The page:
Organizational Change

Topics: The Toyota Way, Team, Feedback Pages: 5 (2136 words) Published: January 14, 2015

Today’s business environment requires organizations to undergo change almost on a daily basis in order to remain competitive. These changes are typically unplanned and gradual. The content or what to change that I identified in my personal case is the shipping method for service parts that are exported to Europe. This particular type of change is referred to as an evolutionary change which is an ongoing, evolving process. The process of changing the shipping method for export service parts is with designing a shipping unit that will maximize trailer density and reduce material, labor and logistics costs.

One theory that is present with my personal case is Lewin’s three steps. He claimed that in order to be successful, the change process needed to follow this three-step procedure: (1) unfreezing, (2) moving and (3) freezing at a new level (or refreezing). Step (1) Unfreezing occurred when I presented data to the operations group which highlighted the substandard fill rate for the exported windshield commodity. Demonstrating a need for the change and sharing details about the external environment which jeopardized the organizations success. Step (2) Moving is to move toward the new, or desired behavior. The associates must see the leader’s point of view. This is typically what I refer to as gaining buy-in from the associates to support the change. Leaders that maintain two way communication with the followers are more likely to gain support for the change. Addressing the anxieties of how the change may or may not impact them personally is always a great concern. Therefore prompt and thorough explanations are key to the potential success of the change. One method for determining the associates’ perception of management as well as other attributes within the organization is the use of survey feedback. Survey feedback, a systematic way of understanding an organization from the standpoint of employee perceptions and processing this understanding back into the organization so that change can occur, is a primary method of leveraging organization change. (Burke, 2013). Once the survey feedback results are finalized then small groups of associates representing each of the production areas meet to discuss their concerns, aka sensitivity training. These meetings are referred to as Circle meetings. Literally the associates form a circle and take turns providing one another with feedback as to how they are performing, an evaluation of their individual behavior and how it relates to their goals. Typically the goal is to increase associate awareness of how others perceive them and to realize how their behavior impacts others. Step (3) Refreezing establishes ways to make the new level of behavior “relatively secure against change “(Lewin, 1947). Examples include establishing key performance indicator(s) or creating a recognition program for meeting / exceeding targets. As with my personal case performance standards were created for monitoring the fill rate for export shipments. The management staff continues to promote Skinner’s philosophy of “positive reinforcement” by issuing BRGEMs (Business Revolution – Going the Extra Mile). This program highlights those activities that have a significant impact to the overall performance of Toyota and relate directly to annual plan items. Associates are awarded Visa gift cards valued between $25 -$1,000. So as the team achieves a milestone then someone is nominated for their role.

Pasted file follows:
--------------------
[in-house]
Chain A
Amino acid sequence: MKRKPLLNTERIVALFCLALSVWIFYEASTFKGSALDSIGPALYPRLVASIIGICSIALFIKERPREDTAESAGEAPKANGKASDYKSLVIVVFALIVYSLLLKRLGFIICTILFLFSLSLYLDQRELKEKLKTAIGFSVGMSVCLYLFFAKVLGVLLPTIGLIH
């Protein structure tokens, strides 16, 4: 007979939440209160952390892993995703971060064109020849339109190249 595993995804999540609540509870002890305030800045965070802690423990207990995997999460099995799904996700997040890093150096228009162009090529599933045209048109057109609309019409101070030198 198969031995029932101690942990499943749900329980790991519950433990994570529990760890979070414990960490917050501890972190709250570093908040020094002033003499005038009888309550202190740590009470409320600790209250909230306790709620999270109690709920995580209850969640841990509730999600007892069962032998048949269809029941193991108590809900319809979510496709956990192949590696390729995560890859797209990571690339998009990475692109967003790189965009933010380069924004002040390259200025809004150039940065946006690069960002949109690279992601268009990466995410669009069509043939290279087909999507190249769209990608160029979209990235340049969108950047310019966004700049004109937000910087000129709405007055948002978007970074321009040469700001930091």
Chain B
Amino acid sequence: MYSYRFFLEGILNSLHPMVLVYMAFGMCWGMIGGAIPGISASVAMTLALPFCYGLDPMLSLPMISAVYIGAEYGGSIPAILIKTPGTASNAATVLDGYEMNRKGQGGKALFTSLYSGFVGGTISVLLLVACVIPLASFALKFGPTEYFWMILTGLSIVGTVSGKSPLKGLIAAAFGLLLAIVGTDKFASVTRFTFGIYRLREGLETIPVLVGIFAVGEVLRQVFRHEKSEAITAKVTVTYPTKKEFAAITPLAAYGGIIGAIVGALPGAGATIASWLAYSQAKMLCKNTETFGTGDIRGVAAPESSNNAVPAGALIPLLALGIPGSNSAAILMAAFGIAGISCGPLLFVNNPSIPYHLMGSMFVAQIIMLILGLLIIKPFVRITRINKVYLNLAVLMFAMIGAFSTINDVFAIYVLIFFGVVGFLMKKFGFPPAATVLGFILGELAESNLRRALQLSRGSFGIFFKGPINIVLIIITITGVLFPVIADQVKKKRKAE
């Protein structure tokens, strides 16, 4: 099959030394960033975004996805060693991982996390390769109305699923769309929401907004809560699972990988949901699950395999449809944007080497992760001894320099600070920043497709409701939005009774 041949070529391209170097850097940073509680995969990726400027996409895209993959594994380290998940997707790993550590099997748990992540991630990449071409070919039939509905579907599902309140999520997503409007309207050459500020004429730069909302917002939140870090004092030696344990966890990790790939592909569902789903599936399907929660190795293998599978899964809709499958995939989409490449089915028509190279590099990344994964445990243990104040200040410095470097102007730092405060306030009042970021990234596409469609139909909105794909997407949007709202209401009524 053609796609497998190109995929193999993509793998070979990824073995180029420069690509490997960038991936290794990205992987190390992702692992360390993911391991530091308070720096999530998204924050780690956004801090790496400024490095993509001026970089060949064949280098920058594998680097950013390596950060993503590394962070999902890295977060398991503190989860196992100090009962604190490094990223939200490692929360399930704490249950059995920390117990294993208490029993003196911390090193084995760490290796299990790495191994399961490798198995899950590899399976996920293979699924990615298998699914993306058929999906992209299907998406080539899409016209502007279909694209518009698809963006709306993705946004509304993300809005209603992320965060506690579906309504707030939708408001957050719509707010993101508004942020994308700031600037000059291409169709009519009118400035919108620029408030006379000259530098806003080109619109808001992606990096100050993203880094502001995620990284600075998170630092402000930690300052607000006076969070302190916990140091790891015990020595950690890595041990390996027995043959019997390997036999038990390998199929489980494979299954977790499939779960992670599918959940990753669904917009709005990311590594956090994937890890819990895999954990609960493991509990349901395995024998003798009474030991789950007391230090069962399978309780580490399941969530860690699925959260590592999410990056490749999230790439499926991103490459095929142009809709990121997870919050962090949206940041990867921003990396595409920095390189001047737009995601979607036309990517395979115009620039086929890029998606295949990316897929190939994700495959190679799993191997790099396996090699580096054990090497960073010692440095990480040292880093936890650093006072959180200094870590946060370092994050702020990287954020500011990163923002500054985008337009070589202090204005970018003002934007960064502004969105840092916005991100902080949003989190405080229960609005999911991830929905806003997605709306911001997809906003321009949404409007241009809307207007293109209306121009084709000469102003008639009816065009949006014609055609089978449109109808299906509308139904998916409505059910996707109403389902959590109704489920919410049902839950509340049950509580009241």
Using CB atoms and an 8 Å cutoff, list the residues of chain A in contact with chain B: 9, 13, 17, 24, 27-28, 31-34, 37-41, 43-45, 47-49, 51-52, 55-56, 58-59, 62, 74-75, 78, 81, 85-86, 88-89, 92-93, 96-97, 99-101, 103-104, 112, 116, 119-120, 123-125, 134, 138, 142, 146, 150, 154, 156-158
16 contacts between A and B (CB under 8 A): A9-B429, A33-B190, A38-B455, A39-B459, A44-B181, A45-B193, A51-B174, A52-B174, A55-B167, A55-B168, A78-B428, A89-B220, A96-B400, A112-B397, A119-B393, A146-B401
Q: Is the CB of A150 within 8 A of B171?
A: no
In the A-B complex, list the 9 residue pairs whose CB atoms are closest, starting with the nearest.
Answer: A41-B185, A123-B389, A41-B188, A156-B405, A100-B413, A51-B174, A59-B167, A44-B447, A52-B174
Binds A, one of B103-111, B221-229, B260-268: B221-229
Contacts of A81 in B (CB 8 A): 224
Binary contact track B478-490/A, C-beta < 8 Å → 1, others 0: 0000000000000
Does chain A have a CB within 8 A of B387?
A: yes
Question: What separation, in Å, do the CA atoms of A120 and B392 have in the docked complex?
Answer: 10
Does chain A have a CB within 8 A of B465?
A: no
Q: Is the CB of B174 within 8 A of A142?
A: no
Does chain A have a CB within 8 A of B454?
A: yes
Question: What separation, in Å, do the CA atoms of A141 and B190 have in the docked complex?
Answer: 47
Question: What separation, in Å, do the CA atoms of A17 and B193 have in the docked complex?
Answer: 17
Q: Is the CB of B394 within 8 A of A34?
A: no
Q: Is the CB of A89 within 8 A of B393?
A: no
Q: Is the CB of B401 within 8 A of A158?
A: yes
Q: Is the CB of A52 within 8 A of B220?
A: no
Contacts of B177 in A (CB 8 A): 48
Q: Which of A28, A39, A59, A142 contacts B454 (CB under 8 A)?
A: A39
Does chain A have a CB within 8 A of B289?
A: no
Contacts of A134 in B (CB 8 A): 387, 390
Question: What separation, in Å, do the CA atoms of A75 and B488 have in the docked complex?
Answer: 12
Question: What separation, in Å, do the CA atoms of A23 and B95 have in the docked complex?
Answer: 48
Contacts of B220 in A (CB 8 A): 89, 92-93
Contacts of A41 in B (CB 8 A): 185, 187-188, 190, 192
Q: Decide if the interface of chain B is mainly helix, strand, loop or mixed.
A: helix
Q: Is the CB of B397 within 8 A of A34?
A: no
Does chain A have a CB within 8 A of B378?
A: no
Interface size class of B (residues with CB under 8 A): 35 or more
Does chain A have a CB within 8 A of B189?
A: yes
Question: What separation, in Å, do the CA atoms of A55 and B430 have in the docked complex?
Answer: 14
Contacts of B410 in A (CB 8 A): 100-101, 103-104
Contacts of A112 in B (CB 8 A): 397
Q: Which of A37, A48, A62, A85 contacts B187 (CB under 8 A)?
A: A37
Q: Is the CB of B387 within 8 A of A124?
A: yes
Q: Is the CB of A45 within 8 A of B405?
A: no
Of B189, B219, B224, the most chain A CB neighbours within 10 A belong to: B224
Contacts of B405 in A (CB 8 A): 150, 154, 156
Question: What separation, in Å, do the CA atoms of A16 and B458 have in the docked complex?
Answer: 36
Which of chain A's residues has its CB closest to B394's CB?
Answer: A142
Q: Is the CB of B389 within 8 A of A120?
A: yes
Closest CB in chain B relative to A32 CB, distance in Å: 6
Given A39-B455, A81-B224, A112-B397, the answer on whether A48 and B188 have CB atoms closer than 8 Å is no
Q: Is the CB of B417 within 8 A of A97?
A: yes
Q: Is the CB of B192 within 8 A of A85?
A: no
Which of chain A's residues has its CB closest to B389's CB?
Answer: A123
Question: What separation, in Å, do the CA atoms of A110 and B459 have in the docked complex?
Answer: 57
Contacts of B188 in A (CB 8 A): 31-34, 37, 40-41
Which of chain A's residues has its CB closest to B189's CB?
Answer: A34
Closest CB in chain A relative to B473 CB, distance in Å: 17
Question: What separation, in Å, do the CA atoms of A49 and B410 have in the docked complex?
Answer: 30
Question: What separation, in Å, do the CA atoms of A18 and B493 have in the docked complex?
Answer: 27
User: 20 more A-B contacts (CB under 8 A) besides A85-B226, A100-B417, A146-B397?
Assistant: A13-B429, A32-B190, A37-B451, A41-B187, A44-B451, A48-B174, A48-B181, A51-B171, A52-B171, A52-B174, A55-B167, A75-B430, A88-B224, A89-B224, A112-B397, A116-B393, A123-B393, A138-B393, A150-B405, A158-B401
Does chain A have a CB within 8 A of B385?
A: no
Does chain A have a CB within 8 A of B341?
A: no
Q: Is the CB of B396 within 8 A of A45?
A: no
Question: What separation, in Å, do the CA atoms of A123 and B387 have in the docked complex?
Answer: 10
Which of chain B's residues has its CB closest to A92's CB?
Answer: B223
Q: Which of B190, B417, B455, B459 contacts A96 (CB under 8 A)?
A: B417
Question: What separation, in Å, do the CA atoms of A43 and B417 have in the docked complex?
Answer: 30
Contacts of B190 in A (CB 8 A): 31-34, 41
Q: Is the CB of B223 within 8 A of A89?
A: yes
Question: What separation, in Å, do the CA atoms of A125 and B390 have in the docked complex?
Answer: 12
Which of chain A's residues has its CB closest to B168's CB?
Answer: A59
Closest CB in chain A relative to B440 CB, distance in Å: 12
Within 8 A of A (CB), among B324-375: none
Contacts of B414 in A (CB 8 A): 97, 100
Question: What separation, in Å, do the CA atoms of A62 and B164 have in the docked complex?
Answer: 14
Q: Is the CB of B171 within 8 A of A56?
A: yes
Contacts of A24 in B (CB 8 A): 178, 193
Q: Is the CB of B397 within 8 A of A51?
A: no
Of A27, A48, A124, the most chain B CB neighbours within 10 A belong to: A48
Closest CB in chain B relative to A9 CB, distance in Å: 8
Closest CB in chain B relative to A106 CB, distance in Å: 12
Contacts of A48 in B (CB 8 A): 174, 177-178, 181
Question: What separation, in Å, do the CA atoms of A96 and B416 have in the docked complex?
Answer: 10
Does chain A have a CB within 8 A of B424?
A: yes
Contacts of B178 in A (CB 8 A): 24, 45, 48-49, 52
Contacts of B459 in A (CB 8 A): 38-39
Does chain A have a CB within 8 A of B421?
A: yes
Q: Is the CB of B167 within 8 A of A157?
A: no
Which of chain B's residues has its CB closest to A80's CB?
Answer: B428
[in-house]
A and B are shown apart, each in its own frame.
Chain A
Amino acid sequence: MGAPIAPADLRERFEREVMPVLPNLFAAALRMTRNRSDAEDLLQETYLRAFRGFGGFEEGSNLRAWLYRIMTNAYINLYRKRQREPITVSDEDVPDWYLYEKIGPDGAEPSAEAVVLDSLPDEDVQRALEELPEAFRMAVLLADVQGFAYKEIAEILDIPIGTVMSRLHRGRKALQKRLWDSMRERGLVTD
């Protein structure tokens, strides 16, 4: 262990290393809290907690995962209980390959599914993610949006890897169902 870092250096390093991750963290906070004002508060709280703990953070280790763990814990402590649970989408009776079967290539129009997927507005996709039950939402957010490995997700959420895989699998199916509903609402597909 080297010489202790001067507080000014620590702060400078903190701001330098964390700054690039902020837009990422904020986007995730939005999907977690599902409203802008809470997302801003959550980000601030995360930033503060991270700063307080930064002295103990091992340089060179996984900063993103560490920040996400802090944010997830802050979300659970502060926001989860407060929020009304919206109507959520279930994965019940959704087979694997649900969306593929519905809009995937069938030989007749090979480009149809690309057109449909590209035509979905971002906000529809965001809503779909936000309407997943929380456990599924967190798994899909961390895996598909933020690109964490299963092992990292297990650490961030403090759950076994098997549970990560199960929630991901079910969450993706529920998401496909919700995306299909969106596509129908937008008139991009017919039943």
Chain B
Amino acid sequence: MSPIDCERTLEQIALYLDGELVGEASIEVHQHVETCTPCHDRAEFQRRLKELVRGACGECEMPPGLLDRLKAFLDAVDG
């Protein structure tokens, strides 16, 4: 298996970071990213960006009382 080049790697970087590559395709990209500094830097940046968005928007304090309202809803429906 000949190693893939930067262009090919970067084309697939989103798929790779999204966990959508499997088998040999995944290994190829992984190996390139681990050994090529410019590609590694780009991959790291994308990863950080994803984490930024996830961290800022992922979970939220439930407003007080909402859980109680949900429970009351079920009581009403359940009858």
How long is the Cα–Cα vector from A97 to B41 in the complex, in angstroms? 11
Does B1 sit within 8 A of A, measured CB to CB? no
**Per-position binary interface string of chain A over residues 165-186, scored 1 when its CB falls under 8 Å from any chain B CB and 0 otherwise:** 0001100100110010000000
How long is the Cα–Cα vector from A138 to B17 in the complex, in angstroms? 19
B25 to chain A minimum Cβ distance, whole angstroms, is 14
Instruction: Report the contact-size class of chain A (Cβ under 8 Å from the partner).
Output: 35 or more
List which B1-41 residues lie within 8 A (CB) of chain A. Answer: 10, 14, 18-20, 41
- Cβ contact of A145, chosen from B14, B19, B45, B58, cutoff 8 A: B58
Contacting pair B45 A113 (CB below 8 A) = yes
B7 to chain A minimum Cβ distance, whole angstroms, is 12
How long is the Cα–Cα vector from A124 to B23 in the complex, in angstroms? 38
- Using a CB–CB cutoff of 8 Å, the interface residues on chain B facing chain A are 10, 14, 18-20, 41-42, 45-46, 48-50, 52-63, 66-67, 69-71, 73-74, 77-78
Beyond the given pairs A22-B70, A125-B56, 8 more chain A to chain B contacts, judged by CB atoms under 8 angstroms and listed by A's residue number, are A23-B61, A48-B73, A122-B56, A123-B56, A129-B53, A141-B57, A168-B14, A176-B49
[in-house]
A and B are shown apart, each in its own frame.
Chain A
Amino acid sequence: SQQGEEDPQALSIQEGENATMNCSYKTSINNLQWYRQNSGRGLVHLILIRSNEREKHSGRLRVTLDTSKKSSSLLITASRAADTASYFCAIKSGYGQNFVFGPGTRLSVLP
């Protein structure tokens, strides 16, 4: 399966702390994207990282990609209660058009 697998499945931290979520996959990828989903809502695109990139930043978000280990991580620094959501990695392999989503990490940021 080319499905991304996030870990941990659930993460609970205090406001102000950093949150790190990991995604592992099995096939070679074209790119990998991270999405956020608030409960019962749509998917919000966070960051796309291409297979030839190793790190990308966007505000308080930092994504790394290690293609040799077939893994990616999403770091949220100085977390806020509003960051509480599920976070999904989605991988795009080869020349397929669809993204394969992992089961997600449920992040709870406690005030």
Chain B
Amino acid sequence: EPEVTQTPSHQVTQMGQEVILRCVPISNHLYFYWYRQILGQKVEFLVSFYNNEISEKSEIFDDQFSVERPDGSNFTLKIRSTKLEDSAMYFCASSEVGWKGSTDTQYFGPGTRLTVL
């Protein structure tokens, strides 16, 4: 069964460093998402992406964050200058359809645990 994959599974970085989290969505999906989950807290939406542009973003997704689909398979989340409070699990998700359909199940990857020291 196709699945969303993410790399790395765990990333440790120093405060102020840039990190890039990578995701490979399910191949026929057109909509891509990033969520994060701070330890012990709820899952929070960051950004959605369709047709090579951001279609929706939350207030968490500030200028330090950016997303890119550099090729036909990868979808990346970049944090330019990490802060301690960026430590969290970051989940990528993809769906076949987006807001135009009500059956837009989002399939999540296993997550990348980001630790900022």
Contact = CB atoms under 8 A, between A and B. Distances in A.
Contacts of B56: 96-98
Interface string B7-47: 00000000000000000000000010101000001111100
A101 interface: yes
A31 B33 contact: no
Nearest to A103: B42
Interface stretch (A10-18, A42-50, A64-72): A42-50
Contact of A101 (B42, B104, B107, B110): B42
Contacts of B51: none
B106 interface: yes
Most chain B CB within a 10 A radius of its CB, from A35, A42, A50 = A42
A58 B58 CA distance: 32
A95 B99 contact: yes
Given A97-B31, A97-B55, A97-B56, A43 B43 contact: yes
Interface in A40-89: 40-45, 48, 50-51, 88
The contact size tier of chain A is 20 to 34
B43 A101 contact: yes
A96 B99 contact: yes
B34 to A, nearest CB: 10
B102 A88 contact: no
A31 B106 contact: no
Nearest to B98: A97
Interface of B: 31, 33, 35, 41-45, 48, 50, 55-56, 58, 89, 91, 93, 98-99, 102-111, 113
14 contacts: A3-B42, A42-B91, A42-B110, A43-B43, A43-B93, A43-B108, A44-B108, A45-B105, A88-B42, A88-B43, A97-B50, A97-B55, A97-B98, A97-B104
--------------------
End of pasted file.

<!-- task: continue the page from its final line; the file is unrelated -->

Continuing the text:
It is very important to understand the various effects of organizational change across the primary levels of any organization. These primary levels are the individual, the group or work unit, and the total system (Burke, 2013). Changes at the individual level are geared towards kaizen or continuous improvement and designed to help an organization move in a new direction. Organizations use recruitment, selection, training and development along with coaching and counseling to implement the change....

References: Burke W. W. (2013) Organization Change: Theory and Practice (4th ed). Los Angeles: Sage Publications.
Project Management. Kotter’s 8 Step Change. Retrieved November 18th, 2014, from
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